# The Difficulty of Solving Equations

The following comes from General System Theory by Ludwid von Betalanffy, 1968:

Sets of simultaneous differential equations as a way to "model" or define a system are, if linear, tiresome to solve even in the case of a few variables; if nonlinear, they are unsolvable except in special cases (Table 1.1).

## Table 1.1 Classification of Mathematical Problems * and Their Ease of Solution By Analytical Methods

### After Franks, 1967

. . . Linear . . . . Nonlinear .
Equation Type: One
Equation
. Several
Equations
. Many
Equations
. One
Equation
Several
Equations
Many
Equations
Algebraic Trivial . Easy . Essentially Impossible . Very Difficult Very Difficult Impossible
Ordinary Differential Easy . Difficult . Essentially Impossible . Essentially Impossible Impossible Impossible
. . . x . . . . . .
Partial Differential Difficult . Essentially Impossible . Essentially Impossible . Impossible Impossible Impossible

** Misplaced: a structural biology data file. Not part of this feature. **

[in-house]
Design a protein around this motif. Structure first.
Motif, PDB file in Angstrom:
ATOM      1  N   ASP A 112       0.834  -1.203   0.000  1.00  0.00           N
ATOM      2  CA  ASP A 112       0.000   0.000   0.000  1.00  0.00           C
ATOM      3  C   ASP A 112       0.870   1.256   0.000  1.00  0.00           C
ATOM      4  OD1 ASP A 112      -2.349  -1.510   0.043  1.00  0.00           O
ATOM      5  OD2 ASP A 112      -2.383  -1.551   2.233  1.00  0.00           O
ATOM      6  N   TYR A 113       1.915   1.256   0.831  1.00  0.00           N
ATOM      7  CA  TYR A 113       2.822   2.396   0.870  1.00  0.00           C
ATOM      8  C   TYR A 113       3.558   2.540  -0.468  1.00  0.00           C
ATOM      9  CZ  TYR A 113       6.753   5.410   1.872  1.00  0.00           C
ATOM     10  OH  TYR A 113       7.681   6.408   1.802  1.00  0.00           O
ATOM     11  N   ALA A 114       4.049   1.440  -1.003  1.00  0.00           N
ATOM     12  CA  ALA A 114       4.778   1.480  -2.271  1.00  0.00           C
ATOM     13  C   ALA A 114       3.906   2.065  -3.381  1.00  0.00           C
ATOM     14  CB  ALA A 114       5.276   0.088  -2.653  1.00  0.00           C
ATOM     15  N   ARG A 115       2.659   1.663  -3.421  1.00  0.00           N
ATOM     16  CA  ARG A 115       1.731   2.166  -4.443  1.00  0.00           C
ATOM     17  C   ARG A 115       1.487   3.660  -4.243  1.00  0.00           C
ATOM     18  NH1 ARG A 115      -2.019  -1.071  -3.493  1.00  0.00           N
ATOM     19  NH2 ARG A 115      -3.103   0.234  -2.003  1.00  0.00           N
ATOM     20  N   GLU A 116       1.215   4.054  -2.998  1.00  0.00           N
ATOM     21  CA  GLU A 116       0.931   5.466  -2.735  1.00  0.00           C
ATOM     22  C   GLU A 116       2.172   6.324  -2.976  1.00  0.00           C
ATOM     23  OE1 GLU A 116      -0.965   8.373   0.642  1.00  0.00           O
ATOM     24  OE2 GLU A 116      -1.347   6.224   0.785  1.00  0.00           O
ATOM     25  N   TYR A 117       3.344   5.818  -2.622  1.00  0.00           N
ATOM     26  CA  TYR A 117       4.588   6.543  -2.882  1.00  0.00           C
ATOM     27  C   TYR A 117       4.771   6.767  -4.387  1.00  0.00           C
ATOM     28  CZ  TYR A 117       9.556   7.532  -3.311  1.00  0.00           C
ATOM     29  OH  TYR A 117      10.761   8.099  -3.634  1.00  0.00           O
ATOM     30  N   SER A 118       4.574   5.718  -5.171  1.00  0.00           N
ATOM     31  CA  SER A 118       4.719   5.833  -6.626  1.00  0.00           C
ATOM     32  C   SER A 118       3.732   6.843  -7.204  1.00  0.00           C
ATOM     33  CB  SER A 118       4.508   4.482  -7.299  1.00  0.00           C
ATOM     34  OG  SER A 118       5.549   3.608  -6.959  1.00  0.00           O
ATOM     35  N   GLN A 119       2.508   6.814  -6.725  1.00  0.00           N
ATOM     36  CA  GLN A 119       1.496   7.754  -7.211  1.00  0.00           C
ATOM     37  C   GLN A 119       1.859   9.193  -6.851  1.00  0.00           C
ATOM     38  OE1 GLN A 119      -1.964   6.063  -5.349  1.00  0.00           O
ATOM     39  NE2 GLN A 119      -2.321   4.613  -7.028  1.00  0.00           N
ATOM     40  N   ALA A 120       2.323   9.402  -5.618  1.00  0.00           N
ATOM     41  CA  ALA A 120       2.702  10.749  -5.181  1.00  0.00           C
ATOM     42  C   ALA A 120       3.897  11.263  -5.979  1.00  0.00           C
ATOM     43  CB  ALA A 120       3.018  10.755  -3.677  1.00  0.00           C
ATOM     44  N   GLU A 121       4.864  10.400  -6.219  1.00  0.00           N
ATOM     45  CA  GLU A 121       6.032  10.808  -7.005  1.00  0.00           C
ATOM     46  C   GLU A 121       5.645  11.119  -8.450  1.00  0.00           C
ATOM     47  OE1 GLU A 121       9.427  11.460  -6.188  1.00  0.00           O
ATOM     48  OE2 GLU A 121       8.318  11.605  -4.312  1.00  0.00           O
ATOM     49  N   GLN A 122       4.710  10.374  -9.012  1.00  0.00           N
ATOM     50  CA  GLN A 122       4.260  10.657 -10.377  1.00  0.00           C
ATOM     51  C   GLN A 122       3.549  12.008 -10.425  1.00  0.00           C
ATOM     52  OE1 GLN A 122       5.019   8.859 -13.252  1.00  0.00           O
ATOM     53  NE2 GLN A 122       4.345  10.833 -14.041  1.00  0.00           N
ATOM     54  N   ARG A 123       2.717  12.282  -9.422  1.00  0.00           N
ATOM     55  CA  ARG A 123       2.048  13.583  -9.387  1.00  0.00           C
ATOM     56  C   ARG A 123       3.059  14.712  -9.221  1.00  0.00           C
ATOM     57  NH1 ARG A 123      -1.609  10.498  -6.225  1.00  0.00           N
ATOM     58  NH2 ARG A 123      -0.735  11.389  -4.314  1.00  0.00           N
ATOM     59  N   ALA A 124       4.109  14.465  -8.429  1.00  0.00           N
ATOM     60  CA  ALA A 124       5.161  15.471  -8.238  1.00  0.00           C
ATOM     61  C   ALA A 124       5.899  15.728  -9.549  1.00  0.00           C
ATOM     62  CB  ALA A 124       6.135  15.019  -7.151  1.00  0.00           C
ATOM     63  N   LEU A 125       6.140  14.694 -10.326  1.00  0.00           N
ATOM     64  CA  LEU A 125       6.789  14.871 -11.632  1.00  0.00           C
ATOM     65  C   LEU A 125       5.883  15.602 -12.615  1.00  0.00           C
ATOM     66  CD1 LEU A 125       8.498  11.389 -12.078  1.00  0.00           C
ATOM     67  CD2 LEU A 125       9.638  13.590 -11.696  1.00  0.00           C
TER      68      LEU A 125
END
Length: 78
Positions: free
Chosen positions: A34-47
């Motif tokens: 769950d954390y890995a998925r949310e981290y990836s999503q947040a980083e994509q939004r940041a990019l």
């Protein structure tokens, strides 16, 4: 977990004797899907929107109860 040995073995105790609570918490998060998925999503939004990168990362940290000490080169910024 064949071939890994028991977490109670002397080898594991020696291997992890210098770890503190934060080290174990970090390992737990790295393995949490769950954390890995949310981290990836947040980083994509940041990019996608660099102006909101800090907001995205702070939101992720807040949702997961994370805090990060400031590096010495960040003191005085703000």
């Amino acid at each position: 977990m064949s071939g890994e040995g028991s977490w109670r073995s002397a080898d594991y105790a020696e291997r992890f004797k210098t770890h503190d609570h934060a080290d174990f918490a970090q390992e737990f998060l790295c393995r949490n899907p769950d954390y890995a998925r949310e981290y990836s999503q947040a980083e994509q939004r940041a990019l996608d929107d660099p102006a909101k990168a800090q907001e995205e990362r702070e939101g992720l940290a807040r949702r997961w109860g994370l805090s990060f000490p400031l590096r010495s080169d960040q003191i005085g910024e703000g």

* Courtesy of Electronic Associates, Inc.

For this reason, computers have opened a new approach in systems research; not only by way of facilitation of calculations which otherwise would exceed available time and energy and by replacement of mathematical ingenuity by routine procedures, but also by opening up fields where no mathematical theory or ways of solution exist. Thus systems far exceeding conventional mathematics can be computerized; on the other hand, actual laboratory experiment can be replaced by computer simulation, the model so developed then to be checked by experimental data. In such a way, for example, G. Hess has calculated the fourteen-step reaction chain of glycolysis in the cell in a model of more than 100 differential equations. Similar analyses are routine in economics, market research, etc.